Pesce Spada (fresh swordfish)
Osteria Anti Marina is a restaurant located right in the middle of the fish market and boasts the very freshest seafood. Naturally, Roberto insisted we eat here for lunch. Roberto immediately ordered a couple bottles of “Vino bianco d’Etna che buona ma non costoso.” Translation: Local wine of Mount Etna that’s delicious but not too expensive. We accompanied the wine with a classic Sicilian antipasti plate filled with fresh frutti di mare (squid, octopus, tuna, sardines, and shrimp), rustic bread, seafood pasta, and refreshing lemon ices.
Frutti di Mare (fresh seafood appetizer)
Spaghetti alle Vongole (clam spaghetti) in all its exquisite simplicity. The list of ingredients is uncomplicated but the manner in which they are manipulated is magnificent here. (I will attempt to recreate this masterpiece in my upcoming blog post).
My mom had a hankering for Spaghetti con Ricci (sea urchin sauce). The delicate and slightly sweet taste of this pasta was such a delicious departure from typical “Italian” food that we are accustomed to.
3. Bar Condorelli (Belpasso)
Since 1993, Bar Condorelli has been crafting world renown pastries, cakes, and granita. Granita in Sicily is different from any typical granita anywhere else. It’s thick and smooth, almost like sorbet. And if you think that sounds fantastic on its own, the preferred way to eat it is sandwiched between a sweet buttery brioche. Did I mention that this is typical breakfast for Sicilians? If you’re visiting Mount Etna, definitely join the locals for breakfast at Bar Condorelli – you’ll be in for a treat.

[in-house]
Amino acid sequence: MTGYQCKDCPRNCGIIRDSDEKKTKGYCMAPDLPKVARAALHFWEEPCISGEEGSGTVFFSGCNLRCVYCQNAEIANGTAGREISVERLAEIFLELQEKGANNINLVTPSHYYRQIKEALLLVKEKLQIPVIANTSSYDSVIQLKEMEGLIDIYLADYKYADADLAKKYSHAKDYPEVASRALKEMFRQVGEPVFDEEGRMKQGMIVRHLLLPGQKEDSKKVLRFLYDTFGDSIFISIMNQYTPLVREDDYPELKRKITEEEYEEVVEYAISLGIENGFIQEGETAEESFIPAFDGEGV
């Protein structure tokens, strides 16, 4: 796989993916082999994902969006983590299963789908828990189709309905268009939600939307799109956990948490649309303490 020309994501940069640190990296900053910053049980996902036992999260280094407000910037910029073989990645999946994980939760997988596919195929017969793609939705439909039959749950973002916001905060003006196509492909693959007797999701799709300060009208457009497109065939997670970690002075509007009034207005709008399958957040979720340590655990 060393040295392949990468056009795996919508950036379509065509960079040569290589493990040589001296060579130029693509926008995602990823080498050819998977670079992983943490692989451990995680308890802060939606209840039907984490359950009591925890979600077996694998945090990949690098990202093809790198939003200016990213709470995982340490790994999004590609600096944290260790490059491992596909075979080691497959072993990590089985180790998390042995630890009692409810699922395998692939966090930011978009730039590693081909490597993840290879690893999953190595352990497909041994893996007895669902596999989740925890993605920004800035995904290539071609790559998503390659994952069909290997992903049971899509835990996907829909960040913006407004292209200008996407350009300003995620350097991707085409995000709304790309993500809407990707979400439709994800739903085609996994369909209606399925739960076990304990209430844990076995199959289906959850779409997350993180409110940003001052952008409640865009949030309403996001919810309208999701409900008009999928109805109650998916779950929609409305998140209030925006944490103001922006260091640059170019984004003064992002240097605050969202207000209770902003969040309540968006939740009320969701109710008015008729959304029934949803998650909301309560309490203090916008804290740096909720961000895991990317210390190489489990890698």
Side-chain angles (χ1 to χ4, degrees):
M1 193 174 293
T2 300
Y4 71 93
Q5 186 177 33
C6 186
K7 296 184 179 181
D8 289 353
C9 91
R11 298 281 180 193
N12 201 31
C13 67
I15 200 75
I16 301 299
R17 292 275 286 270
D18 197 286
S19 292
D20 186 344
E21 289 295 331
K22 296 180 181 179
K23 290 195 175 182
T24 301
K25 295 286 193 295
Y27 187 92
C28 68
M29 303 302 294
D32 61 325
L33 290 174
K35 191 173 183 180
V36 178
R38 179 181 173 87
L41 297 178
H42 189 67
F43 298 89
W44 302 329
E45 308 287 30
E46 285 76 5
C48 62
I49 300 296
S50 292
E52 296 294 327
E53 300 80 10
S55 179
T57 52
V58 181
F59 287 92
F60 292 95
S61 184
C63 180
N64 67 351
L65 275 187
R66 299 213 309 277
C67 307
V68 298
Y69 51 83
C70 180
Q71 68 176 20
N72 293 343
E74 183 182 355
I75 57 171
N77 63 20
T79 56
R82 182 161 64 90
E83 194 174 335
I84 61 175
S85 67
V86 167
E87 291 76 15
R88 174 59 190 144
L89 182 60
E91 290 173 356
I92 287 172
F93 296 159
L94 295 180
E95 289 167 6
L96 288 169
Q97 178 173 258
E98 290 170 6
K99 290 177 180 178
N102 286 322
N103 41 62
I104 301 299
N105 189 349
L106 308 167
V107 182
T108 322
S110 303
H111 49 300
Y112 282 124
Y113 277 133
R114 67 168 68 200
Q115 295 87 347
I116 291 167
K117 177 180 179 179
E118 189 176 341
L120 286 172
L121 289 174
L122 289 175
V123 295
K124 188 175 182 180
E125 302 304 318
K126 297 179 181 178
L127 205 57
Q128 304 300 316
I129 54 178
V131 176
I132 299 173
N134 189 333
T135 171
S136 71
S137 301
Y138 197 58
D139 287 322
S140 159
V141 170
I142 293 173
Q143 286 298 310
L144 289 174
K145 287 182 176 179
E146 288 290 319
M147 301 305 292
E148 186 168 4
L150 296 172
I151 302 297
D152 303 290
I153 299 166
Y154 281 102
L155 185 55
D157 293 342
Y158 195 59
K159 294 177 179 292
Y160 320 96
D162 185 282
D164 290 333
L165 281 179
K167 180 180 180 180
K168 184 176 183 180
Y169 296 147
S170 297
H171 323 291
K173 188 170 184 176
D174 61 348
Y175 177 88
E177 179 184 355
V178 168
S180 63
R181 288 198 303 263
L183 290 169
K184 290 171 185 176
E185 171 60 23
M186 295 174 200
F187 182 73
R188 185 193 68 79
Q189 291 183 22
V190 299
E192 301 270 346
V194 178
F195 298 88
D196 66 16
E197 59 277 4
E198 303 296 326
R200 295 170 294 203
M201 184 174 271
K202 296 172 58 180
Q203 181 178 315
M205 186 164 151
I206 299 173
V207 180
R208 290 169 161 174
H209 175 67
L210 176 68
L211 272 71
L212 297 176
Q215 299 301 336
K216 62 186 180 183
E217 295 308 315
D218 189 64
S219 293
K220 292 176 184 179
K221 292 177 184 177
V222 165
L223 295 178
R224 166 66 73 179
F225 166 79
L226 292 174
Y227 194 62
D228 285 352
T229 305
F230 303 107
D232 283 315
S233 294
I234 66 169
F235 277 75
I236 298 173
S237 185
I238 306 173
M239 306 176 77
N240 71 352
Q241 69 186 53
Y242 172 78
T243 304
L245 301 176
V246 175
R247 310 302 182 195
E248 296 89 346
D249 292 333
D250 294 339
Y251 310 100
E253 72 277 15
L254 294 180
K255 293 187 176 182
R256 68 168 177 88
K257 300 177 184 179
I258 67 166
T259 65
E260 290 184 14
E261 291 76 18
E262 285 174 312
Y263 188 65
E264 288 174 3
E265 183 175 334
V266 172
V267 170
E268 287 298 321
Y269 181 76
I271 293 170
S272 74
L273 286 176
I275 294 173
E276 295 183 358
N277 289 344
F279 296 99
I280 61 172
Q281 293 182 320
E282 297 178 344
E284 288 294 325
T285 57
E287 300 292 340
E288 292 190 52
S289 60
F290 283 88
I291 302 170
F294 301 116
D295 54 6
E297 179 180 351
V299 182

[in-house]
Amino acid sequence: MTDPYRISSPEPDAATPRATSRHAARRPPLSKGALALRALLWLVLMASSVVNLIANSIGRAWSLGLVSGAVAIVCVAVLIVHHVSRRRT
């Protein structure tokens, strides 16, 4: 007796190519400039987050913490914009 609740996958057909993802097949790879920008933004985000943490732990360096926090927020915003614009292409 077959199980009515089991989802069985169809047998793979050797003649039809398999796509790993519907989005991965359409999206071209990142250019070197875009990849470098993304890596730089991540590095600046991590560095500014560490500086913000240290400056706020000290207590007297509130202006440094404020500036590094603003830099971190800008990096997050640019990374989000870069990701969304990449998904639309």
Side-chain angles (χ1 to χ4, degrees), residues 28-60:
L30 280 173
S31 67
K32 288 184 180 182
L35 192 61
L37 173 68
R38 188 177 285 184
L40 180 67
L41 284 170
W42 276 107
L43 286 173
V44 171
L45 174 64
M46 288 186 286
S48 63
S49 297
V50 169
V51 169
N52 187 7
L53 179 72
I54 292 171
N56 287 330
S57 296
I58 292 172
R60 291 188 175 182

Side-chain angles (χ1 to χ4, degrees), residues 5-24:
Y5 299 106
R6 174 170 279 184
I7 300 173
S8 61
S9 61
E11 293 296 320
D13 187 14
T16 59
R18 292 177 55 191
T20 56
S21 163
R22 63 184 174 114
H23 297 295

Cakes decorated with fragolini (baby strawberries)
Manderla (almond) Granita is the local favorite with fresh baked brioche.
This is how I was instructed to eat it!
4. Granduca (Taormina)
Taormina is an exquisite ancient seaside city situated on the East coast of the island. The perfect weather, stunning panoramas, lush flowers, endless citrus groves, and backdrop views of Mount Etna are just a few reasons why Taormina is admired by all who visit. We also were so overwhelmed with all the restaurants in Taormina – how does one simply decide? Well after much wandering and deliberation, we chose to indulge in pizza at the famous Granduca, highly recommended by the locals because of the incredible view. Not only was the vista breathtaking, the pizza was out of this world phenomenal. The service is friendly and fantastic as well.